On the other hand, YouGov has looked into the rise in the popularity of the Greens and their impact could be quite massive. It seems that the Greens are mostly taking their votes from Liberal Democrat supporters, which could see the potential demise of the Liberals as a political party. Their support has fallen to such a low degree that they are now struggling to find candidates to stand in local elections.

In the 2010 general election, the Liberal Democrats offered the more radical alternative to the two main parties and, so far, have failed to capitalise on their position within the ConDem Coalition.

People now see the Greens as the radical alternative and the Greens, unlike the Liberals, would do well to not renege on any promises they make. The Green support now stands at 10% while the Liberals have slipped from 9% to 7%. Maybe the Green message of the “Common Good” has struck a chord with some people.

Protests votes are extremely important, like any vote is, but we must be careful not to squander them on parties that might not address the issues we consider important. Referring to the Blogspot page, Another Angry Voice, we can see there are many options for protest/alternative votes: the Greens, Plaid Cymru, No2EU, Pirate Party UK, SNP and National Health Action Party. Just think back to the 2010 general election when the Liberal Democrats were inundated with support from Labour and Conservative defectors alike. The Liberals offered change to tuition fees, the voting system and democracy as a whole. So far we have seen very little attempt to implement these promises. Choose wisely.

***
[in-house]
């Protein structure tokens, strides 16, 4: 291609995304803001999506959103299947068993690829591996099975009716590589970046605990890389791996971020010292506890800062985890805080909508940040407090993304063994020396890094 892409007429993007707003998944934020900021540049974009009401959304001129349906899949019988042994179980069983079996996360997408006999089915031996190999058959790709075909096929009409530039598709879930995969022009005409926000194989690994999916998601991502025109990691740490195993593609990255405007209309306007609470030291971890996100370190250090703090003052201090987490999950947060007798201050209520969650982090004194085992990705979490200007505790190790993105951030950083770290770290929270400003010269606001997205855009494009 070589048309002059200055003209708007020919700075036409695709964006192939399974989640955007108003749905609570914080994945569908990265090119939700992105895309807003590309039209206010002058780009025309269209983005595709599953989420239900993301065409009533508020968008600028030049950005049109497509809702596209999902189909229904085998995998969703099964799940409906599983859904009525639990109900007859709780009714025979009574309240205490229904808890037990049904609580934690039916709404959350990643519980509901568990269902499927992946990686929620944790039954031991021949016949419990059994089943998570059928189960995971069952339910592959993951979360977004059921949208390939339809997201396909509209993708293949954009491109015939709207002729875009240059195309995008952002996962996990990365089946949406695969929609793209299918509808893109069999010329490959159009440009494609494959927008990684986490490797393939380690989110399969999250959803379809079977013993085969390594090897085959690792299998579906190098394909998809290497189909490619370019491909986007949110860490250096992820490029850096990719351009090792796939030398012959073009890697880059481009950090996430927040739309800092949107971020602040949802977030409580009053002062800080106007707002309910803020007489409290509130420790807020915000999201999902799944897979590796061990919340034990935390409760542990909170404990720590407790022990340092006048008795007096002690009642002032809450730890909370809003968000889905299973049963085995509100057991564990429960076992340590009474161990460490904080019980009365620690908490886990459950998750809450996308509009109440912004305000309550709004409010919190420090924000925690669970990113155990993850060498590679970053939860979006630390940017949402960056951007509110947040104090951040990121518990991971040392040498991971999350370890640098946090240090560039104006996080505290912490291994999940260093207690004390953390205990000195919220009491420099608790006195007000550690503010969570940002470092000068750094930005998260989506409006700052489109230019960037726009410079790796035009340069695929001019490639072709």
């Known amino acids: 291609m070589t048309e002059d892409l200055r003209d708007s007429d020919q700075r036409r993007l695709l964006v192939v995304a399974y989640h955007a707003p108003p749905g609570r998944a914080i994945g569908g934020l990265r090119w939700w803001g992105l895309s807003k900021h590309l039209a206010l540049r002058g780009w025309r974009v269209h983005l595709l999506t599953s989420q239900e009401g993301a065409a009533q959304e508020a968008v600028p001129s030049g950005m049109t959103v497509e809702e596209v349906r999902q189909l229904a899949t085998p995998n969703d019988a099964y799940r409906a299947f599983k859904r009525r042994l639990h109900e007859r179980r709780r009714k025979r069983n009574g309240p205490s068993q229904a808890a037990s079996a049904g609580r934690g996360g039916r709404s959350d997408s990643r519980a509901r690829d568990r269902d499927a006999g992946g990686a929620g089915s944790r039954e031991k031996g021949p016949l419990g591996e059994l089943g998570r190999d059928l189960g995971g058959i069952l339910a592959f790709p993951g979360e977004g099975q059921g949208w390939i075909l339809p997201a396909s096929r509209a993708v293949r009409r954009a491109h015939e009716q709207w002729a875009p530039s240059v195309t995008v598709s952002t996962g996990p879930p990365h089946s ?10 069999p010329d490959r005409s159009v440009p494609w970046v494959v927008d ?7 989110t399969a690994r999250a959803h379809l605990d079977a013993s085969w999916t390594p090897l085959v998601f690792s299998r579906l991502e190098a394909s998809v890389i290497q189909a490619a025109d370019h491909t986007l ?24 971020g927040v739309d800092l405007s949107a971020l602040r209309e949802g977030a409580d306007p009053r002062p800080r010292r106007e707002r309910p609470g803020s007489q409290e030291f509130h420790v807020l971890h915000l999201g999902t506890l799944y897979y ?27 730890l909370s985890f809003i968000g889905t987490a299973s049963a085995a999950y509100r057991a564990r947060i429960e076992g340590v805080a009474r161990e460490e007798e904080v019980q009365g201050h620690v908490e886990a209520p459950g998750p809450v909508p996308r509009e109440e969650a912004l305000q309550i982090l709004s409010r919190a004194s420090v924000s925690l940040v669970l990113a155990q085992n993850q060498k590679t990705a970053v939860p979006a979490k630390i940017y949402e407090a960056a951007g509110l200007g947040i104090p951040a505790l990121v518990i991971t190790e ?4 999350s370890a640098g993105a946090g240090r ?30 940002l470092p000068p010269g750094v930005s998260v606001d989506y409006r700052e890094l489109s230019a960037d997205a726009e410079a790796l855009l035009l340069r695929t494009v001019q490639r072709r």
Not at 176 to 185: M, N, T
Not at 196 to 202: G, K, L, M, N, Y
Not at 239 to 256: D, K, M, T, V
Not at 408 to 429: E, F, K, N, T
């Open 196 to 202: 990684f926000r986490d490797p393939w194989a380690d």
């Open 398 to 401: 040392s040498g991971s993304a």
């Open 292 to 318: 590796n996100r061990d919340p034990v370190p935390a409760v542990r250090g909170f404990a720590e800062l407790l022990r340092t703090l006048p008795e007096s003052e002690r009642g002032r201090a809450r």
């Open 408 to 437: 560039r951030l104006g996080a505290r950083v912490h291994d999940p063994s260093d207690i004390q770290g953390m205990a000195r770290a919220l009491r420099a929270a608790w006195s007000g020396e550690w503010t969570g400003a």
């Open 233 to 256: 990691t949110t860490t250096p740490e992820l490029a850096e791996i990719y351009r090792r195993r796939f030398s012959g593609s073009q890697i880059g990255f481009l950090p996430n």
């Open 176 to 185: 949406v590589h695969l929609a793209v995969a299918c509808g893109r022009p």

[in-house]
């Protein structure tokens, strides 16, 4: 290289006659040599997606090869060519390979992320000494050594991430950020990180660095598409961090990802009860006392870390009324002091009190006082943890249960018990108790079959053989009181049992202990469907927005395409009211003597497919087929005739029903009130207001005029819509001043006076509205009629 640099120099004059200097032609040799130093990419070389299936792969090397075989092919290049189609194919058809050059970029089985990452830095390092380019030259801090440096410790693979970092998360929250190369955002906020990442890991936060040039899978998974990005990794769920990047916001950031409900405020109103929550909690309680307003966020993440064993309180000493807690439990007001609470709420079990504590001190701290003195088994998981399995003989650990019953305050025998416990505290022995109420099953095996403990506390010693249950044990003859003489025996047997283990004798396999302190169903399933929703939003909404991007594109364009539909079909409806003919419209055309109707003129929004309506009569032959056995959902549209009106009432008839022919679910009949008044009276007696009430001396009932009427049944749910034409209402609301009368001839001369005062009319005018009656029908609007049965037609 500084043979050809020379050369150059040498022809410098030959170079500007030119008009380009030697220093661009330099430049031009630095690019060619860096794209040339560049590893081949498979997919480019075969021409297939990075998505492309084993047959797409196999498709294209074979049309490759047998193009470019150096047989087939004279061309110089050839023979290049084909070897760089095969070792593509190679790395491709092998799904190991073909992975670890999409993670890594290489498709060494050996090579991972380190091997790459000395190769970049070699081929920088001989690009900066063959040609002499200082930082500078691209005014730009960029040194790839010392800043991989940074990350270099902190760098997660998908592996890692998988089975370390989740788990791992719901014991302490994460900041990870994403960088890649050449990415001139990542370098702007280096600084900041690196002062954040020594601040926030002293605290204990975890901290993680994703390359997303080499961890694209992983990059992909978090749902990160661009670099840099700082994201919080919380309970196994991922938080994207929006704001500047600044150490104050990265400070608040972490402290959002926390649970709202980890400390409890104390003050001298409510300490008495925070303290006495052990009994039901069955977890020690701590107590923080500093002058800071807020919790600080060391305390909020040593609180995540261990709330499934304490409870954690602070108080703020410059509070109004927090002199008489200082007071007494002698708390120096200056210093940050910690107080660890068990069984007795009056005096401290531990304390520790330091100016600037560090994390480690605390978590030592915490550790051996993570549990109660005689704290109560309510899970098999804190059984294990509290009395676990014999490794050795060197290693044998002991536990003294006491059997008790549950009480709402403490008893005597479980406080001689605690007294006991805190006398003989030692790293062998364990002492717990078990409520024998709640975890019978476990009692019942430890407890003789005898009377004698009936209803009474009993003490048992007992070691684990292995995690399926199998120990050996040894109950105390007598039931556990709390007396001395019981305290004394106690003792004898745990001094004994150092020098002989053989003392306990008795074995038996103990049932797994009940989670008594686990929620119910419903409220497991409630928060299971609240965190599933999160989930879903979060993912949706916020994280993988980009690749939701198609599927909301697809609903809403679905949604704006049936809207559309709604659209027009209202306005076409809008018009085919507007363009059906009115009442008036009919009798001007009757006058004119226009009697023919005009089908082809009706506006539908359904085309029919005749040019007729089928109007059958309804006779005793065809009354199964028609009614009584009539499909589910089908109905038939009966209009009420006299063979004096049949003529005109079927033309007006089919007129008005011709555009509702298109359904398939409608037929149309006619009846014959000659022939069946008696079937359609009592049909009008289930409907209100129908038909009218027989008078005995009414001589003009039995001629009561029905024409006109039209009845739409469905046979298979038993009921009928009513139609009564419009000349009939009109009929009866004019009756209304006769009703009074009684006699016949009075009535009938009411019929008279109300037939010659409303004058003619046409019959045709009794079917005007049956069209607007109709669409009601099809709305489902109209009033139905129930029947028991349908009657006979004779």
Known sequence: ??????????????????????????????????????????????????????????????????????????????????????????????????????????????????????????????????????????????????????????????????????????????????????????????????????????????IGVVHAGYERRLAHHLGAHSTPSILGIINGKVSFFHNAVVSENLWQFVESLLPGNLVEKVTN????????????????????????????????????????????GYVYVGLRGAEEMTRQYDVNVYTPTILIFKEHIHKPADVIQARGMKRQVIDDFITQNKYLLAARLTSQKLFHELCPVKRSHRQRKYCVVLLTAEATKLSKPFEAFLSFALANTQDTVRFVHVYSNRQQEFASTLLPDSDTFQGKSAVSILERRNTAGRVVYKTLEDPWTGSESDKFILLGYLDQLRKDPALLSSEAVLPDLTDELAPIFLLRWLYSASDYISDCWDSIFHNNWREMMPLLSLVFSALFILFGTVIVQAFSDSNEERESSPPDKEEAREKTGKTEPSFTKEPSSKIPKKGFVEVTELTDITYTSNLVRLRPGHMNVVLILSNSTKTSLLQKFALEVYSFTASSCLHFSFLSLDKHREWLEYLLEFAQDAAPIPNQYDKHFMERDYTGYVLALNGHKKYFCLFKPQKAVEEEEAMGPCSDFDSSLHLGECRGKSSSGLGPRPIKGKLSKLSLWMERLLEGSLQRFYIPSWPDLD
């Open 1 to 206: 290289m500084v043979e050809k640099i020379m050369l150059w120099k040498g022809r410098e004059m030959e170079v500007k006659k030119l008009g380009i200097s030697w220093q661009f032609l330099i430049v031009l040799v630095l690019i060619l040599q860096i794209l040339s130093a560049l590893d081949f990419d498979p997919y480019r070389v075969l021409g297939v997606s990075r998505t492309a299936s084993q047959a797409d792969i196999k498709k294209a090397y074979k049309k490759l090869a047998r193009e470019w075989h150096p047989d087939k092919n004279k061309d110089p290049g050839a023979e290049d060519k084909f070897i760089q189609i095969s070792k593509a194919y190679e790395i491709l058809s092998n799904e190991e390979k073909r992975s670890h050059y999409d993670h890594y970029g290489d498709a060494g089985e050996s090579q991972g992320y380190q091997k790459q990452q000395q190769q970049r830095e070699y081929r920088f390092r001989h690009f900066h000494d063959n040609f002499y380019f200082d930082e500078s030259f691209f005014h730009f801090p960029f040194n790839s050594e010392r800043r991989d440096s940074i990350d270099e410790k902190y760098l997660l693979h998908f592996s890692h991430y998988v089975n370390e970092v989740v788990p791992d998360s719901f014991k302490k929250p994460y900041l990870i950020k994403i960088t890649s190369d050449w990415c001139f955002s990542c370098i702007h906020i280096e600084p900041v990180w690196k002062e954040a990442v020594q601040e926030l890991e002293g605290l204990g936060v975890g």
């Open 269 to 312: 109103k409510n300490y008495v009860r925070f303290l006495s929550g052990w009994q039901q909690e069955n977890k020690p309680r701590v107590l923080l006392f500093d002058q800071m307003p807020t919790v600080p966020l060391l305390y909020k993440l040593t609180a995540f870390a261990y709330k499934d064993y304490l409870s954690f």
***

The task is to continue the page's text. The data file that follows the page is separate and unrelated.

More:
Whatever way you vote this May it is extremely important that you do so. If you have the chance then you should participate in our political system, even if it is to spoil your ballot paper. The European Parliament decides on animal rights, consumer rights, the environment, international trade, regional economic development and workers’ rights, so it most definitely affects you.

Whatever the outcome of the election, I think the result should definitely be a wakeup call to the main parties for them to listen more and for the public to speak more – it will achieve that through voting.

Image: European Parliament,  Francisco Antunes
The following two tabs change content below.

Noah Brown

Name: Noah Surname: Brown City: Tweedsmuir Education: MA (Hons) Celtic at the University of Edinburgh Career Aspirations: Anything which challenges me How: Follow your nose and your heart Date of birth: 04.02.96 Email: noah.brown@young-perspective.net

Latest posts by Noah Brown (see all)

One comment

Leave a Reply

Your email address will not be published. Required fields are marked *

This site uses Akismet to reduce spam. Learn how your comment data is processed.